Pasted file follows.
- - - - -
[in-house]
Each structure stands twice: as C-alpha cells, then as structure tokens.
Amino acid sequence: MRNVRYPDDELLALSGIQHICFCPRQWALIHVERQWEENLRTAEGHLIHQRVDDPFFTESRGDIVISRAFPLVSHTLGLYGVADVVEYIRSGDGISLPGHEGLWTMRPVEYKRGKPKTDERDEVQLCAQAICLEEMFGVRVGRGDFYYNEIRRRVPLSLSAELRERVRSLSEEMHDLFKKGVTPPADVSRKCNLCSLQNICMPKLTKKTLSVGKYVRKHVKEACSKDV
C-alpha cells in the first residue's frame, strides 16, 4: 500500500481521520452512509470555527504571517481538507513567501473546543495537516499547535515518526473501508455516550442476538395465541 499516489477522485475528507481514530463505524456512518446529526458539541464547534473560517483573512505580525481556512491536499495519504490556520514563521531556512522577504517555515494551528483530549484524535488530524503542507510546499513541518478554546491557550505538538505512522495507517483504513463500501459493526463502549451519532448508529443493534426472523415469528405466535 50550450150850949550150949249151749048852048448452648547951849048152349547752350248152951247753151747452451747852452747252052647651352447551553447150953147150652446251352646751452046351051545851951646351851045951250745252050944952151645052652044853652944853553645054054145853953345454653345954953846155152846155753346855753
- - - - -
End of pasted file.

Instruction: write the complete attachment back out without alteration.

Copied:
[in-house]
Each structure stands twice: as C-alpha cells, then as structure tokens.
Amino acid sequence: MRNVRYPDDELLALSGIQHICFCPRQWALIHVERQWEENLRTAEGHLIHQRVDDPFFTESRGDIVISRAFPLVSHTLGLYGVADVVEYIRSGDGISLPGHEGLWTMRPVEYKRGKPKTDERDEVQLCAQAICLEEMFGVRVGRGDFYYNEIRRRVPLSLSAELRERVRSLSEEMHDLFKKGVTPPADVSRKCNLCSLQNICMPKLTKKTLSVGKYVRKHVKEACSKDV
C-alpha cells in the first residue's frame, strides 16, 4: 500500500481521520452512509470555527504571517481538507513567501473546543495537516499547535515518526473501508455516550442476538395465541 499516489477522485475528507481514530463505524456512518446529526458539541464547534473560517483573512505580525481556512491536499495519504490556520514563521531556512522577504517555515494551528483530549484524535488530524503542507510546499513541518478554546491557550505538538505512522495507517483504513463500501459493526463502549451519532448508529443493534426472523415469528405466535 50550450150850949550150949249151749048852048448452648547951849048152349547752350248152951247753151747452451747852452747252052647651352447551553447150953147150652446251352646751452046351051545851951646351851045951250745252050944952151645052652044853652944853553645054054145853953345454653345954953846155152846155753346855753